We remember today our beloved ‘Des’. He was a man who hummed with the vibrancy of life. He had a good ear for singing and playing music. His smile was infectious. He spoke with passion. He was constantly supplying me with jokes, unfortunately not many were church-appropriate. 🙂

Last March when Des celebrated his 85thbirthday he said he didn’t want anything big. “Wait till my 90th” he said, “then let’s pull all the stops.” Then, with a twinkle in his eye, he added in typical Des fashion: “And, if I’m not around, you go ahead without me.”

Well, we must now go ahead without him. Our paths diverge. We go our way, and Des enters the fullness of God’s presence. The Psalmist invites us to enter God’s city “with songs of thanksgiving.” I can imagine Des doing just that. 

Today we gather outside, at the place of his final resting. It’s appropriate that we do so, here during the first week of the summer season. Because Des was most at home in nature. I’m glad we can hear the birds chirping, the choir singing Des home to his creator.

Naturalists call it ‘animal altruism’: when a creature places another’s needs before its own. If you are walking through a forest during the day and without knowing it come too close to a nesting whip-poor-will baby bird, its mother will abandon its lone nestling and fly around you in circles and land on a branch away from the nest. It might even drag one wing, trying to make you think it had been injured so that if you happened to be a hungry predator, you would go after the ‘easy prey’ that was the parent rather than the newly hatched, more vulnerable child.

It is imbedded in nature, to love and go way beyond one’s own needs for the sake of the other.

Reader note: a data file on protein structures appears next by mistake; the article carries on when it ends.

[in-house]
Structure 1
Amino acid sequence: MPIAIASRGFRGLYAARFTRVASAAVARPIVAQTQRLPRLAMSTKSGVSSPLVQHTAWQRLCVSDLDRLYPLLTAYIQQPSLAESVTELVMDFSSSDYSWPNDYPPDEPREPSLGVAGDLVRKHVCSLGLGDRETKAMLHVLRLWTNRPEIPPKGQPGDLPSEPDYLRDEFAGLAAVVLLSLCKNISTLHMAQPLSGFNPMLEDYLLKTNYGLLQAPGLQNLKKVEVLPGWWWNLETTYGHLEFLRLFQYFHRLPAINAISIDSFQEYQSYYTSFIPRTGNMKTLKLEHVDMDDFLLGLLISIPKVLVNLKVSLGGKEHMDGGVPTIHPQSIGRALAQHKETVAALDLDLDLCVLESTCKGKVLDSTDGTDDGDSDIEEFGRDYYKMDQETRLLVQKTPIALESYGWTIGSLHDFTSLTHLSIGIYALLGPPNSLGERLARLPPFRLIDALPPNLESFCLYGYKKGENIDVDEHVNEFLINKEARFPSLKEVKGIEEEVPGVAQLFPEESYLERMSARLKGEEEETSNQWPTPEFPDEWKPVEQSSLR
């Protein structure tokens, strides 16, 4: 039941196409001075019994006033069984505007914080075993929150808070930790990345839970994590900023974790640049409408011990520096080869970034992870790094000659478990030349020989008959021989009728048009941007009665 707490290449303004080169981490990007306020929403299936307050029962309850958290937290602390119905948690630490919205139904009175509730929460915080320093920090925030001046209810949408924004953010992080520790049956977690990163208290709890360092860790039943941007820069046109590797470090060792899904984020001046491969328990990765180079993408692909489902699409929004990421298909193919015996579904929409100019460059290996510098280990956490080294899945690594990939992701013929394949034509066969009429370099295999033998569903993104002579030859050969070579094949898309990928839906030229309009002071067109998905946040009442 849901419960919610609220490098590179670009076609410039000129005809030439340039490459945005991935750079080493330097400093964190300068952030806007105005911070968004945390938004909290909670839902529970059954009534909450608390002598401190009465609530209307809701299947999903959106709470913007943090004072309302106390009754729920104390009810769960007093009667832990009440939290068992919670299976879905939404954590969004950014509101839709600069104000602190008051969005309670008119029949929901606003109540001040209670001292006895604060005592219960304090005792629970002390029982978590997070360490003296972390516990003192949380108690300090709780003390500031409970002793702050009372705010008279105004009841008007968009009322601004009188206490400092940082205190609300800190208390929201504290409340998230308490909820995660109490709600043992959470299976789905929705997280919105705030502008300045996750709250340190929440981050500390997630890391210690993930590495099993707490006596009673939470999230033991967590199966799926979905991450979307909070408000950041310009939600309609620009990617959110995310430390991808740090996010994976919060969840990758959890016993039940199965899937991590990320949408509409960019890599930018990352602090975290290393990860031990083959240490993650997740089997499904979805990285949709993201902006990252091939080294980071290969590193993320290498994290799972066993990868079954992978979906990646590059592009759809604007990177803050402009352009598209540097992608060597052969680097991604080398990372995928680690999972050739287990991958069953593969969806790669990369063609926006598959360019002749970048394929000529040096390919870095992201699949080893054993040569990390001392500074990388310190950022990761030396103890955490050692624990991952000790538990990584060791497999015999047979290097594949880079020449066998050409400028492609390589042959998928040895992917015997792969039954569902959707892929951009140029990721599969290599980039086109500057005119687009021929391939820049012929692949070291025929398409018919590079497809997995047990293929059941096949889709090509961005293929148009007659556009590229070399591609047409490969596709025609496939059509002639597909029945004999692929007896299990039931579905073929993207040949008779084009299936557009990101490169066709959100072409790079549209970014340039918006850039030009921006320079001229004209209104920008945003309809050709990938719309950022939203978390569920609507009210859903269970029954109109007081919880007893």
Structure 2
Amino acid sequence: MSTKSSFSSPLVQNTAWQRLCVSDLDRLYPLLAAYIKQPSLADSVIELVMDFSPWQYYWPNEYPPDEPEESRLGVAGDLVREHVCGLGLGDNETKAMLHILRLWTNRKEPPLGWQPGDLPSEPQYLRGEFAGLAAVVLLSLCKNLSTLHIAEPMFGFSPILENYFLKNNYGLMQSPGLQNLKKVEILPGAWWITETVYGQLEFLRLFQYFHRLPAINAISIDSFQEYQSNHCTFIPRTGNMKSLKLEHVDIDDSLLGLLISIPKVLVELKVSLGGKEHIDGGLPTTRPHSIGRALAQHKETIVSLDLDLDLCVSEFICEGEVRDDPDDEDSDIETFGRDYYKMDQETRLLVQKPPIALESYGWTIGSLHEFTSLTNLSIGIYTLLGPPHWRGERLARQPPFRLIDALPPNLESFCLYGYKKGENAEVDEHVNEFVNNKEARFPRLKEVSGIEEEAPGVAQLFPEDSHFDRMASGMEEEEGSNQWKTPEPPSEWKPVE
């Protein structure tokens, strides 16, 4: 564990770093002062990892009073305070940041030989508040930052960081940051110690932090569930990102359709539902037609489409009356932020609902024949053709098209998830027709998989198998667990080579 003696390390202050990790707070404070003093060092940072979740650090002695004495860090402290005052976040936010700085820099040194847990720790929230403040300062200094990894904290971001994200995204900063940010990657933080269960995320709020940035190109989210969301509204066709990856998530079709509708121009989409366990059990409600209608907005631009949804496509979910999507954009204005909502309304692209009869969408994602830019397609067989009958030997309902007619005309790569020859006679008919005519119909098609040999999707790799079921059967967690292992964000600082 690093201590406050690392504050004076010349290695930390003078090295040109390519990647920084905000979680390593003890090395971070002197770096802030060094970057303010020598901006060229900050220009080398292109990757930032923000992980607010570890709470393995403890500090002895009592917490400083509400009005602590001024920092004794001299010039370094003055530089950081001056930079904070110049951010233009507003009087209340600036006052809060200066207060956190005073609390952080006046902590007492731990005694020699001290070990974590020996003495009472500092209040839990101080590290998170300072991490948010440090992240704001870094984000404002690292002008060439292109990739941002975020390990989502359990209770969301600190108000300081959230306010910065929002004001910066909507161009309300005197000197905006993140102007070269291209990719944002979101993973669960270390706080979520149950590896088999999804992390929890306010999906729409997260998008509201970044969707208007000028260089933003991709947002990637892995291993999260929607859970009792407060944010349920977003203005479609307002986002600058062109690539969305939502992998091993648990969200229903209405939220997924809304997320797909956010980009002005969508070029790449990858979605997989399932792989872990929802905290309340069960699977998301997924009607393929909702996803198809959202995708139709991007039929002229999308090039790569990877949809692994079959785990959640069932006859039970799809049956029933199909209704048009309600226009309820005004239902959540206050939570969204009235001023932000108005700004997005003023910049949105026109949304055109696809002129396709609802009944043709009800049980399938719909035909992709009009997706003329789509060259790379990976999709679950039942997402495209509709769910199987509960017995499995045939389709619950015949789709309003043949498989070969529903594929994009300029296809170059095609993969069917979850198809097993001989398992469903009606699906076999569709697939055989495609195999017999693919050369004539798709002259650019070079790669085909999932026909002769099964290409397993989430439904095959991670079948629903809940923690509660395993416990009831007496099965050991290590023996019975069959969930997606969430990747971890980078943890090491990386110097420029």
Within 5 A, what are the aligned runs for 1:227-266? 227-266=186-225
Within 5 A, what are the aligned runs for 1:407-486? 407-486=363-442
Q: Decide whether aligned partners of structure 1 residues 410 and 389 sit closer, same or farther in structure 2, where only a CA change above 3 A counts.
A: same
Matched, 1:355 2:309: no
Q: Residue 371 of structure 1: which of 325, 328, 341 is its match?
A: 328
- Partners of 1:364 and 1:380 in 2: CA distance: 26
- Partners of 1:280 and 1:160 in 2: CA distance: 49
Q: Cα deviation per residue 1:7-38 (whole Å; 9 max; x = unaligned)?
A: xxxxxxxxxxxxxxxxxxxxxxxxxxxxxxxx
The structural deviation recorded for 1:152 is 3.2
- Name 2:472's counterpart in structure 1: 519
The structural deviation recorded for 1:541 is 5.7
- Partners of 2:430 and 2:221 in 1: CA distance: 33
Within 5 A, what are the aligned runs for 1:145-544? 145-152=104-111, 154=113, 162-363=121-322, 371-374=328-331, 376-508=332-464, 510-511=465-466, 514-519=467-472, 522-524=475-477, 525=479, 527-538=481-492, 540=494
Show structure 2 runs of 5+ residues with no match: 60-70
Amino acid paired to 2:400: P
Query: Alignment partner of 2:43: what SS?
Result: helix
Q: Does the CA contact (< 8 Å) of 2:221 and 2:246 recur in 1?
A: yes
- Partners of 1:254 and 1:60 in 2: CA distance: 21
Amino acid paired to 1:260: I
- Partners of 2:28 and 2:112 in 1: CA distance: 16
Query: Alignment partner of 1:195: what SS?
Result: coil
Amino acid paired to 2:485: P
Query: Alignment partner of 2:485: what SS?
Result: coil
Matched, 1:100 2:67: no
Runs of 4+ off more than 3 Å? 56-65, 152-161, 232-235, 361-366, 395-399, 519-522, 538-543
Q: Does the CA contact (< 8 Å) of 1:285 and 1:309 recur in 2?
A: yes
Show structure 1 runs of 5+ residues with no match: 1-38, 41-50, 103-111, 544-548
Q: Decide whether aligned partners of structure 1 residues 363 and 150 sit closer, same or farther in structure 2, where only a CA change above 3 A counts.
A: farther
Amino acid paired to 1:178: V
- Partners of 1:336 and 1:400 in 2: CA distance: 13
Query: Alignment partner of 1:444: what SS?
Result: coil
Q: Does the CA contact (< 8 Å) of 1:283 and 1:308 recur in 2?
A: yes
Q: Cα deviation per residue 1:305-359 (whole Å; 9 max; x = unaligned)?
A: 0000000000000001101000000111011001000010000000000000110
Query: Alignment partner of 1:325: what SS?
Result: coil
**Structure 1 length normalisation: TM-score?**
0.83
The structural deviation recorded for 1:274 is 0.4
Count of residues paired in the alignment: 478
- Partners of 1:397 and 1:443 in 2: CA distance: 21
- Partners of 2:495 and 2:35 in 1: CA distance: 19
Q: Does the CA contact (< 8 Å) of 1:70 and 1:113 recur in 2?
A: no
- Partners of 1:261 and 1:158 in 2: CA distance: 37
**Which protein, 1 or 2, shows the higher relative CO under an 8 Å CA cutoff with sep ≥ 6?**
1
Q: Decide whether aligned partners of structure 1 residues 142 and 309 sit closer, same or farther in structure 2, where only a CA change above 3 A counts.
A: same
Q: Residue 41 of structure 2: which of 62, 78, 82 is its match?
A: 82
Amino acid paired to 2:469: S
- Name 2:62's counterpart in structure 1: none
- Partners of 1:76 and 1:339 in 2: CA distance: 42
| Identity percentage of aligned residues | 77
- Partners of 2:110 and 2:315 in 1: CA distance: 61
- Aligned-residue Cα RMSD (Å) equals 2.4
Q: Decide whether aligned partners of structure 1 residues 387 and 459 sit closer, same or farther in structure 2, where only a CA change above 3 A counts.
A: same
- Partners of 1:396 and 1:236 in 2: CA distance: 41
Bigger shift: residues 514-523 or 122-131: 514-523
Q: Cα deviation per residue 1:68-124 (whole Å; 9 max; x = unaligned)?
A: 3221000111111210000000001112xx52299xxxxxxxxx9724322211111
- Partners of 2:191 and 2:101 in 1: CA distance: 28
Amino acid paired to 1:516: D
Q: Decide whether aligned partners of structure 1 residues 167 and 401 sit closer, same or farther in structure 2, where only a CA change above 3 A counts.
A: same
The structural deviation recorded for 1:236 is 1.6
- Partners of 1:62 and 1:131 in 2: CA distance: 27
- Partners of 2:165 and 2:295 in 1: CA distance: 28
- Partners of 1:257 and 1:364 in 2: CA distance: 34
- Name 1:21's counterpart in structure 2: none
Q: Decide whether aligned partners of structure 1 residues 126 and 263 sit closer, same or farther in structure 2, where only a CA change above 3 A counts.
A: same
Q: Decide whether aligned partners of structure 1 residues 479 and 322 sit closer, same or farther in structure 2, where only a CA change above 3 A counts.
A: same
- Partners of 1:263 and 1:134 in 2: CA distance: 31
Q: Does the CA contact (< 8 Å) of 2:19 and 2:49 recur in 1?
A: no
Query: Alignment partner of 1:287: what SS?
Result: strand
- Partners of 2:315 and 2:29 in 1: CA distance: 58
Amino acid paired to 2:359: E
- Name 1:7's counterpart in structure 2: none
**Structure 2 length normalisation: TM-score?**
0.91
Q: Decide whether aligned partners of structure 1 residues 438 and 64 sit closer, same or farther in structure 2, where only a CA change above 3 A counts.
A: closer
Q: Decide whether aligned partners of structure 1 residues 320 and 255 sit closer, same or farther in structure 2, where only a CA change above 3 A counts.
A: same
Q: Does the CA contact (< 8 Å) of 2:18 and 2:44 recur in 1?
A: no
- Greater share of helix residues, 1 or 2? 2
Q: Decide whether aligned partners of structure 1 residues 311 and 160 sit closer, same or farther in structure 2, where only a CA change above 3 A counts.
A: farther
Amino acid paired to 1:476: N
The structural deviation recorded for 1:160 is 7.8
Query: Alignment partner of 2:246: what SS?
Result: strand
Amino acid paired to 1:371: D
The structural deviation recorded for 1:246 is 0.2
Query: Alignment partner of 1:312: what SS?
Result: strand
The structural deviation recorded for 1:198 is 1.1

You described to me one stand-out aspect of Des’ personality and giftedness to us: his willingness, his readiness to help out. At the drop of the hat, even if it inconvenienced him, he would offer whatever help he could. He put others’ needs before his own, often. He was all heart. And never stopped loving you.

Like the birds whose love and sacrifice for their children never end, God gives us examples from nature to show us how God is. That God will remain faithful to us, will offer help in times of grief and sorrow. God will provide for our needs in times of trouble. God will go the distance and will never stop loving us even in the face of death. As the Psalmist sings, “For the Lord is good; his steadfast love endures for ever, and his faithfulness to all generations.”

Our hearts can rest forever in the care of God. Today, Des is with his creator, in the full and loving presence of a God who never stopped loving him. For his life, we are grateful. For God’s love for us all, our hearts sing.


A life of dying and rising

Now that we are officially into the summer season, the outdoors beckon with near perfect conditions these days. Indeed, we often experience our connection with God most profoundly in creation – 

With our feet on the earth, breathing the air, hearing the chirping birds and sounds of the forest and feeling the warm sunshine and breeze on our skin. In the peace and surrounded by beauty beyond words, we have a felt sense of God’s presence.

We embrace these moments because we also know this does not last forever.

I offered prayers for the church sitting by the Ottawa River as the season changed to summer. But I have been on those same shores in winter – when the winds howl and freezing temperatures and biting snow burn my skin, chasing me indoors.

The Gospel reading today reminds us that the death Jesus experiences, we too must endure. It doesn’t sound like good news. How can we live our faith, be aware of our life in Christ and follow Jesus according to his will, when we suffer, when we don’t feel well, when the circumstances of our life are far from perfect?

It isn’t easy to confront the truth of what we believe under the surface. It isn’t easy to come to terms with our real motivation for going to church, for associating with others. Is it only when the conditions, the circumstances of our lives are ideal? Is it only when we feel good that we can consider ourselves Christian and meet with others who say they are or aren’t?

In our home, the cleaning normally gets done according to the schedule of house guests. Pre-COVID, we would have friends or family over once every few weeks. And this reality would motivate me to vacuum and wash the floors. We wanted a clean house to entertain our guests.